Wednesday, March 9, 2011

Here's what happens in a free market, with unlikely comparison to healthcare

This is from Slashdot:

"Joe Konrath has an interesting interview with independent writer John Locke who currently holds the coveted #1 spot in the Amazon Top 100 and has sold just over 350,000 downloads on Kindle of his 99 cent books since January 1st of this year, which, with a royalty rate of 35%, is an annual income well over $500k. Locke says that 99 cents is the magic number and adds that when he lowered the price of his book The List from $2.99 to 99 cents, he started selling 20 times as many copies — about 800 a day, turning his loss lead into his biggest earner. 'These days the buying public looks at a $9.95 eBook and pauses. It's not an automatic sale,' says Locke. 'And the reason it's not is because the buyer knows when an eBook is priced ten times higher than it has to be. And so the buyer pauses. And it is in this pause—this golden, sweet-scented pause—that we independent authors gain the advantage, because we offer incredible value.' Kevin Kelly predicts that within 5 years all digital books will cost 99 cents. 'I don't think publishers are ready for how low book prices will go,' writes Kelly. 'It seems insane, dangerous, life threatening, but inevitable.'"

1) Should government intervene, and put in a price floor on books? 

2) Should President Numb Nuts initiate another "Cash For Clunkers" program to take old copies of, say, James Michener and Earl Stanley Gardner novels out of circulation to create demand for new books? 

3) Should we be prepared to bailout Random House, Putnam, Simon and Schuster, and all the rest? 

4) And what about this incredibly selfish and destructive writer, John Locke, who now has a $500,000.00 income?  He took a huge risk, and has been rewarded handsomely for it.  How thoroughly should he be punished? 

5) What would happen if we allowed one nurse in every city to set up shop on his/her own, with no regulations, no oversight, and hell, no training requirements.  Just like this John Locke character is doing with publishing.  Let the good ones prosper and the bad ones go under.  And what if we gave these nurses an exemption from lawsuits and insurance programs?  Ditto for their suppliers?  And what if we allowed more and more nurses into the program based on market demand???  And then a few doctors?  Kind of like writers are going to do with John Locke's monstrosity.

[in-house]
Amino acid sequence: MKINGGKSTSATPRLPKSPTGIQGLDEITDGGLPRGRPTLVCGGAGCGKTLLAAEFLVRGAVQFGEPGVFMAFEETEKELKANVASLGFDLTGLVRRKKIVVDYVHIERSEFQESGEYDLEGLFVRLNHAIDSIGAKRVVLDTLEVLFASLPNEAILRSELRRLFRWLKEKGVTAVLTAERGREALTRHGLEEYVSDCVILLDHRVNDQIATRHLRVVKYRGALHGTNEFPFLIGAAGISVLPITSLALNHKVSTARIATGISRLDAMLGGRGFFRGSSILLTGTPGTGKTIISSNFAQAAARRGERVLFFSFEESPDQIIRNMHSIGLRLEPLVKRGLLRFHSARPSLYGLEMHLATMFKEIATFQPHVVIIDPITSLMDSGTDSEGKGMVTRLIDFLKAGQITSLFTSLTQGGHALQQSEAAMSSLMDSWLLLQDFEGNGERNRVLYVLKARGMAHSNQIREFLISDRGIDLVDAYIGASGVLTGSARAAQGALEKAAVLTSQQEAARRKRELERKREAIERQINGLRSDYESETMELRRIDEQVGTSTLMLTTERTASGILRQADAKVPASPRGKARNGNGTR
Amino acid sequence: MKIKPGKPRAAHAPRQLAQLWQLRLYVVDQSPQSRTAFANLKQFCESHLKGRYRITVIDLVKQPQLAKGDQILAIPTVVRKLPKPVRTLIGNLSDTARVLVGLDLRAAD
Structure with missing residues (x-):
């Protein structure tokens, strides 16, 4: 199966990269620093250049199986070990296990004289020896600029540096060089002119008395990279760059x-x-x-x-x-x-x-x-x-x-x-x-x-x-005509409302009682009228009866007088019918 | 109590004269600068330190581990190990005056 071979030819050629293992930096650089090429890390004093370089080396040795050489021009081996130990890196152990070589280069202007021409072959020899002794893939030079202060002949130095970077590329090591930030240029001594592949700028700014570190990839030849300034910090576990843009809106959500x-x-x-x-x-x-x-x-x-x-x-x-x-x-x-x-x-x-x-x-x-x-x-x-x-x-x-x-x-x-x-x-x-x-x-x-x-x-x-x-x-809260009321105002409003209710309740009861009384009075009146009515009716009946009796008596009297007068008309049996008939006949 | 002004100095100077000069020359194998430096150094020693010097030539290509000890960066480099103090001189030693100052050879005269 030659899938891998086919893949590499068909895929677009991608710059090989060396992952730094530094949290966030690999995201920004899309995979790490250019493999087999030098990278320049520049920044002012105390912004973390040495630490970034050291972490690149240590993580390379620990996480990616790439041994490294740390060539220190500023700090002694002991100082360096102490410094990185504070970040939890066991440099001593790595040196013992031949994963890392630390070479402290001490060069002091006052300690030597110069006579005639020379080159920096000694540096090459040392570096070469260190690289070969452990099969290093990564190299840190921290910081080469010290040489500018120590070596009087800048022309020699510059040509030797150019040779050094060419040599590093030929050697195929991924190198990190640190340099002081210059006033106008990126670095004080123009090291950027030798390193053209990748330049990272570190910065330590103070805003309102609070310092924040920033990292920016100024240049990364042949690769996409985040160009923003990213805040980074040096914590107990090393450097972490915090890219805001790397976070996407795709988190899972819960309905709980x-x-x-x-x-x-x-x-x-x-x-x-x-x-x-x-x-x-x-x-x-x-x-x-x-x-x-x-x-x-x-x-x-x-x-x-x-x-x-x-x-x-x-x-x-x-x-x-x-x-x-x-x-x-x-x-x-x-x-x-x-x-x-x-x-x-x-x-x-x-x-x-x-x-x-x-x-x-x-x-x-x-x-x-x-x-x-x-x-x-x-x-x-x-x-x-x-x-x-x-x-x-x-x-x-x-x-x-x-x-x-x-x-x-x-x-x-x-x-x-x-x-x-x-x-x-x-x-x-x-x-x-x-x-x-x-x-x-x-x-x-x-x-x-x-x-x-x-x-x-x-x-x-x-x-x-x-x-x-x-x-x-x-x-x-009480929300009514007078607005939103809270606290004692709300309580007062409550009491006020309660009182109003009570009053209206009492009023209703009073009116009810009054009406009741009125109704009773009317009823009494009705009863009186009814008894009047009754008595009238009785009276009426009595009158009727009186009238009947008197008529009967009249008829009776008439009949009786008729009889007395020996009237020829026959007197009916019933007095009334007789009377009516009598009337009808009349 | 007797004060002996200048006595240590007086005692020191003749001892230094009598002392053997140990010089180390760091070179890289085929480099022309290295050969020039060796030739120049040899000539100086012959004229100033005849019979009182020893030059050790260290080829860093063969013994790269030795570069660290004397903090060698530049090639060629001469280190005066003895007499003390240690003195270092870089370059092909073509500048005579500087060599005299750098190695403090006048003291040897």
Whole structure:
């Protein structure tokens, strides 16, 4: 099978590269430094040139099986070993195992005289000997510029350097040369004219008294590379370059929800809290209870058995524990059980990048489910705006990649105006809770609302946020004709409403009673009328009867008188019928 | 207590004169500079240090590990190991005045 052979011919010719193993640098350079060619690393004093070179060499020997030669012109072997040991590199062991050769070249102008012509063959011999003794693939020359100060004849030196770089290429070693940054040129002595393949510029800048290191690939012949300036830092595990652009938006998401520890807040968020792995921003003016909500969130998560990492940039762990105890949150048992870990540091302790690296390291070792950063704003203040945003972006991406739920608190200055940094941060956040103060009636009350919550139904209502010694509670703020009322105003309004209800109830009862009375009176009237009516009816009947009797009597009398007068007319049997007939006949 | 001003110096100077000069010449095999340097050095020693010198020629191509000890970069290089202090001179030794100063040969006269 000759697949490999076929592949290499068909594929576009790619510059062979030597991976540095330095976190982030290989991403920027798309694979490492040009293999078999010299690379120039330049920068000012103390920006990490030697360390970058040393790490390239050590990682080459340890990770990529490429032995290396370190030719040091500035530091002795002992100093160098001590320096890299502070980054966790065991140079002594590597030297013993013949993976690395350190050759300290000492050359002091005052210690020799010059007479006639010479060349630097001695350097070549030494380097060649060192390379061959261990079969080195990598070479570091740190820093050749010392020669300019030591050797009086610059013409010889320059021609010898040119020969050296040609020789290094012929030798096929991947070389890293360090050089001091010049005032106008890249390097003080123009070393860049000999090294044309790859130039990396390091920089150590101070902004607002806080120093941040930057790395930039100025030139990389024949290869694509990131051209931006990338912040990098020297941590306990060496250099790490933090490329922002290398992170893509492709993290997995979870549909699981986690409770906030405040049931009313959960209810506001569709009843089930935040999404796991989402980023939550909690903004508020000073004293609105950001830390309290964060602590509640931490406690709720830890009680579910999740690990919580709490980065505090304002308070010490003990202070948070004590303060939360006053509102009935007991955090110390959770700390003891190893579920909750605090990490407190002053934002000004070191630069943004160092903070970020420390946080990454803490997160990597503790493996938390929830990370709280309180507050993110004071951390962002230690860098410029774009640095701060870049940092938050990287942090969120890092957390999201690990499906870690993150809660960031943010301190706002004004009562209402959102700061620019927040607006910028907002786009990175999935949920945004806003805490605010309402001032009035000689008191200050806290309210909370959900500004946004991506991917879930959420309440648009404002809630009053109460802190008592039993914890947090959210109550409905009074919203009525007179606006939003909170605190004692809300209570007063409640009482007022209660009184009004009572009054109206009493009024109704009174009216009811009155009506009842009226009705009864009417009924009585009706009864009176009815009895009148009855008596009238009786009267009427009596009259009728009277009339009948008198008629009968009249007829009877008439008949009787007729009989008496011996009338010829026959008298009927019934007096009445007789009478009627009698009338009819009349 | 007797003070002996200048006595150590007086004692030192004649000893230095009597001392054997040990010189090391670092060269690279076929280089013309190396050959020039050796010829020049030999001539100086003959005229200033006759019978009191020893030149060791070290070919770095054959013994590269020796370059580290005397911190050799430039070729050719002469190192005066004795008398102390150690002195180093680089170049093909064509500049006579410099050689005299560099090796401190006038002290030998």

Do you think medical costs would drop like a stone? 

This John Locke must be found and stopped before his ideas catch on. 


TarrantLibertyGuy said...

You had me until you mentioned the immunity from lawsuits. I feel that lawsuits, if properly administered, are a terrific free market device. Bad suppliers get sued and fail, good suppliers don't a pick up the customers of the failed bad ones.

The Whited Sepulchre said...

Here's my point....We spend a staggering amount of money lawyer-proofing our appendectomies.

What would happen if you signed a "waiver" of some sort, releasing the doctor from liability beforehand? Kind of like getting on the mechanical bull at Billy Bob's. Would the price go up or down?

Anyone who wanted to retain their right to sue could pay more $$$$. It could be up to the customer.

Tim Lebsack said...

Only yesterday, AFLAC turned me down because of my hang gliding, para-sailing and bungee jumping. No problem, I've got Obamacare.

Simon Cooke said...

Sueing works where the process isn't controlled by a closed shop. We have law-bound systems where lawyers have a vested interest to create more laws and more reasons for law.

A community administered common law system - lay magistrates, elected judges and juries - now that might work!